Aviation Spotters Online

Aviation Spotters Online

Exercise High Sierra 2015 almost complete.

With the end in sight, the next generation of Fighter Pilots only have a few missions left to prove they have what it takes to fly the F/A-18 Hornet. After 6 months at 2OCU (Operational Conversion Unit) the students and Squadron move to RAAF Townsville for the final 3 week stage of the 15-1 Course. ASO was invited along for one of these weeks to get a closer look at just how real it gets.

F/A-18B Hornet A21-108 2OCU & PC-9 FAC A23-031 4SQN.
F/A-18B Hornet A21-108 2OCU & PC-9 FAC A23-031 4SQN  join up for a very rare photo opportunity after a very long day at the range.

Working with 4SQN FAC (Forward Air Control) 2OCU put the students to the test and out at the range this was demonstrated with the use of live 1000lb HE (High Explosive) bombs. Capturing the action from 3km away, the power could still be felt on some of the drops. I took close to 3000 photographs, HD video of each drop plus Gopro footage of some of the passes on one day alone at the range. So if you haven’t already become an ASO subscriber for email notifications I suggest you do (on the right of this page) for the full article once the students have completed the 15-1 course. To give you an idea of just how good the range is, here are two photo’s of one of the drops. Just remember the distance is just on 3km.

F/A-18B Hornet A21-108 2OCU
F/A-18B Hornet A21-108 2OCU entering the range with a load of 2x 1000lb HE Bombs.

 

2 x 1000lb HE Bombs with slow drags chutes about to impact
2 x 1000lb HE Bombs with slow drags chutes about to impact the target.

 

2 x 1000lb HE Bombs impact the target.
2 x 1000lb HE Bombs impact the target.

A very nice pass by A21-108 showing off the 2 x 1000lb HE live weapons that are about to be used.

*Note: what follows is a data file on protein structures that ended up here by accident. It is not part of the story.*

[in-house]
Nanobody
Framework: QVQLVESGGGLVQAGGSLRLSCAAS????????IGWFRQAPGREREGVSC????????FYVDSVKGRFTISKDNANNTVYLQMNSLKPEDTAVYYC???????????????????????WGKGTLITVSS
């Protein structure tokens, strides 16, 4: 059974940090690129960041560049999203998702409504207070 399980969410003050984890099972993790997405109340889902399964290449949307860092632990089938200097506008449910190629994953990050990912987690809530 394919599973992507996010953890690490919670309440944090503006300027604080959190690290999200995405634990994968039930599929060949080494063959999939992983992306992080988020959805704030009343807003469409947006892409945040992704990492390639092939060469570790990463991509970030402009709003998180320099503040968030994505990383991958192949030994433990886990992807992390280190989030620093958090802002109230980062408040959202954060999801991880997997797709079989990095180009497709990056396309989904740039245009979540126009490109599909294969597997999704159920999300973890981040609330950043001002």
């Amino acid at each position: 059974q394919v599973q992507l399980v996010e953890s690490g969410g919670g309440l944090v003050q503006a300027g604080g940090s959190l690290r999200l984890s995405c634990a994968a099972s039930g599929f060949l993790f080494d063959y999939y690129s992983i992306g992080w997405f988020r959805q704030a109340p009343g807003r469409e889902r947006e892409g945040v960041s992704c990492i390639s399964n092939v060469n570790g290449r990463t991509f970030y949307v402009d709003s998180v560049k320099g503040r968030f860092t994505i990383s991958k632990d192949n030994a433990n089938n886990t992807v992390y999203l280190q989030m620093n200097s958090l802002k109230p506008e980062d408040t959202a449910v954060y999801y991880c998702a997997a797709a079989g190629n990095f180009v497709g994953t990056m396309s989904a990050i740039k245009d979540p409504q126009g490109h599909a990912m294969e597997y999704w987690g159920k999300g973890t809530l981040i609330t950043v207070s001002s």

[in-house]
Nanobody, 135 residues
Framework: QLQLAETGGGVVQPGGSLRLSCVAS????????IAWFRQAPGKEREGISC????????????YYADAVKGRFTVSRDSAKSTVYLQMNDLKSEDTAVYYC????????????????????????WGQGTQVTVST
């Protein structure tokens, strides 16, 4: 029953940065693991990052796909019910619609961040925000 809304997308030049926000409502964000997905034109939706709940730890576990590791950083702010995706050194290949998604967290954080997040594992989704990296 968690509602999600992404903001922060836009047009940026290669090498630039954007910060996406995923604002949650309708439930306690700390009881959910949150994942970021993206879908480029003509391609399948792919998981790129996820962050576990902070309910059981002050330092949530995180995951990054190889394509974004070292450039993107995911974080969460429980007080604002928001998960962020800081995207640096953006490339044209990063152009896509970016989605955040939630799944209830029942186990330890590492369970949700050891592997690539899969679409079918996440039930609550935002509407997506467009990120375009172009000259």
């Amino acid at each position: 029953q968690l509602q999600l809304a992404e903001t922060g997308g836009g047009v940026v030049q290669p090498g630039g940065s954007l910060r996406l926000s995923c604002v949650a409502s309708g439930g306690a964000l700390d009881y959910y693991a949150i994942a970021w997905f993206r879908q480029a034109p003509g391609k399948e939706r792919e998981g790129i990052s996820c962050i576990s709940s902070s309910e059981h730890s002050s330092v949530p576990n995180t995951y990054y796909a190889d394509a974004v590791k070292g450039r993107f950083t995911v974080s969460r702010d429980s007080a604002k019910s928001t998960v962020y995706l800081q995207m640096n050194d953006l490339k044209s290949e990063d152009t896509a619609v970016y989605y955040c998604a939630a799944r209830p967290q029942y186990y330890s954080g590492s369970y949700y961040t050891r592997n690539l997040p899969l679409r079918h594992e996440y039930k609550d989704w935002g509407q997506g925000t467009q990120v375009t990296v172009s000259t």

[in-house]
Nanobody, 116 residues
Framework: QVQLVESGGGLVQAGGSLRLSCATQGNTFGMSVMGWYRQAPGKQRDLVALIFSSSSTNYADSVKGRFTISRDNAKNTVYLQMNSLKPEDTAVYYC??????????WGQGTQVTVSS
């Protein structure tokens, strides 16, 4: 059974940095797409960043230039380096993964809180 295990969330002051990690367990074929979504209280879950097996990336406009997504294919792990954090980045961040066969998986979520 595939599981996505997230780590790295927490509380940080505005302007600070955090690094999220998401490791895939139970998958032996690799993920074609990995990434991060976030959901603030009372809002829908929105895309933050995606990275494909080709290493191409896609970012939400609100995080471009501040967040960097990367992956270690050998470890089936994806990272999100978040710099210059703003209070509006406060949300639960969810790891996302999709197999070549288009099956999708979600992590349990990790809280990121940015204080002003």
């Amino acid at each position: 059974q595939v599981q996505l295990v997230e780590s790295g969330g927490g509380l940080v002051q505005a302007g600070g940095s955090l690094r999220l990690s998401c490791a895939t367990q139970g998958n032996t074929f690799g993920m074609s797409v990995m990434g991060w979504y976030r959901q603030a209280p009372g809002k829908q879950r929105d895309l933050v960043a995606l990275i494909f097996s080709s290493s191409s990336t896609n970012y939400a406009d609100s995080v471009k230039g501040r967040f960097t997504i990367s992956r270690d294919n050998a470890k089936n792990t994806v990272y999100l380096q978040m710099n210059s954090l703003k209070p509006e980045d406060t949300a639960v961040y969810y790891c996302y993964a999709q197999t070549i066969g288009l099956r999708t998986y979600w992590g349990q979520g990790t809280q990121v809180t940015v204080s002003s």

F/A-18B Hornet A21-108 2OCU
F/A-18B Hornet A21-108 2OCU with a very nice underside view of the 2 x 1000lb live HE weapons.

 

ASO would like to thank the Royal Australian Air Force, 2OCU, 4SQN and the students for this exclusive access. Once the course is complete the full article on this exercise will be released.- Mark Jessop

7 comments

    1. Thank’s Robert for the feed back on the photographs. I have a huge amount of photo’s and video to look at but what you see isn’t the best so hang in till the end of the course and then we all can see some sweet photo’s and video . Cheers Mark.

  1. Great photos as usual, Mark. Can’t wait to see the finished product. One question: Would the HE bombs be hi-drag with the chutes attached?

    1. Thank’s Trevor for the kind words on the photographs. I was told low by the source out there with me as they are very small chutes but you could be right mate. I will confirm asap. Cheers Mark

    2. Hi Trevor.. think they call this Mk82 tail configuration a ballute (cross between balloon and chute) Not sure as to it’s drag efficiency compared to the old ‘Snake-eye” with the petals. May be for higher release speeds too, as the old snake eye tails occasionally went ‘slick’…. gave us Gunnies the odd UXB demolition practice at the range, which was always welcomed. 🙂

  2. Correction to my previous reply – Mk83 (1000lb) , not Mk82 (500lb) as I mentioned. BIG difference …especially at the receiving end.

  3. Yep, “MK-83 AIR” HIGH drags, with ballute tail (air inflated retard chutes). The normal term is either LOW drag or HIGH drag which you can select in the cockpit….but the HIGH drags sure get slow 😉 The jet it is a long distance away by the time they impact. Cool looking rooster in the PC9 😛

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